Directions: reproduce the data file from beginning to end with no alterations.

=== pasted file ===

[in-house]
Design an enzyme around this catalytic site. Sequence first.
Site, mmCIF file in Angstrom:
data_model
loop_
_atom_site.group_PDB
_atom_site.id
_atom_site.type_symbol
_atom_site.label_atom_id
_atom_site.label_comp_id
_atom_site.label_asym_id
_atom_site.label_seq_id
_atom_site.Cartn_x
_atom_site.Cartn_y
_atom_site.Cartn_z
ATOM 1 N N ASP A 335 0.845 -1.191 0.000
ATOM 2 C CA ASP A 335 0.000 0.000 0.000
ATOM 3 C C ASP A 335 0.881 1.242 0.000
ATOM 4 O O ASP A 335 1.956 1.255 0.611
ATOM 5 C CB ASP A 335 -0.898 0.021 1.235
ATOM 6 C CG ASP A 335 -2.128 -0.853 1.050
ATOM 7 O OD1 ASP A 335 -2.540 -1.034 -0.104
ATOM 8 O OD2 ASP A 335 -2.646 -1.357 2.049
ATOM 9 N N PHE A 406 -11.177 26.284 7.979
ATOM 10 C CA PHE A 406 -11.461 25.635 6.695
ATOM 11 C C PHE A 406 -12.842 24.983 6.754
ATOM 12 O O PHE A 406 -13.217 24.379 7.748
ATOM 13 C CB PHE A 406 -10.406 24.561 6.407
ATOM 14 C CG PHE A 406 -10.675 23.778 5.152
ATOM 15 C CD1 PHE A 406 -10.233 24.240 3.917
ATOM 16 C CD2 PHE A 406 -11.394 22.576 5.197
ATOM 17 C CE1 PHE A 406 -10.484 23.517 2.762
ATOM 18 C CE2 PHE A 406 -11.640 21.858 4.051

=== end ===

[in-house]
Design an enzyme around this catalytic site. Sequence first.
Site, mmCIF file in Angstrom:
data_model
loop_
_atom_site.group_PDB
_atom_site.id
_atom_site.type_symbol
_atom_site.label_atom_id
_atom_site.label_comp_id
_atom_site.label_asym_id
_atom_site.label_seq_id
_atom_site.Cartn_x
_atom_site.Cartn_y
_atom_site.Cartn_z
ATOM 1 N N ASP A 335 0.845 -1.191 0.000
ATOM 2 C CA ASP A 335 0.000 0.000 0.000
ATOM 3 C C ASP A 335 0.881 1.242 0.000
ATOM 4 O O ASP A 335 1.956 1.255 0.611
ATOM 5 C CB ASP A 335 -0.898 0.021 1.235
ATOM 6 C CG ASP A 335 -2.128 -0.853 1.050
ATOM 7 O OD1 ASP A 335 -2.540 -1.034 -0.104
ATOM 8 O OD2 ASP A 335 -2.646 -1.357 2.049
ATOM 9 N N PHE A 406 -11.177 26.284 7.979
ATOM 10 C CA PHE A 406 -11.461 25.635 6.695
ATOM 11 C C PHE A 406 -12.842 24.983 6.754
ATOM 12 O O PHE A 406 -13.217 24.379 7.748
ATOM 13 C CB PHE A 406 -10.406 24.561 6.407
ATOM 14 C CG PHE A 406 -10.675 23.778 5.152
ATOM 15 C CD1 PHE A 406 -10.233 24.240 3.917
ATOM 16 C CD2 PHE A 406 -11.394 22.576 5.197
ATOM 17 C CE1 PHE A 406 -10.484 23.517 2.762
ATOM 18 C CE2 PHE A 406 -11.640 21.858 4.051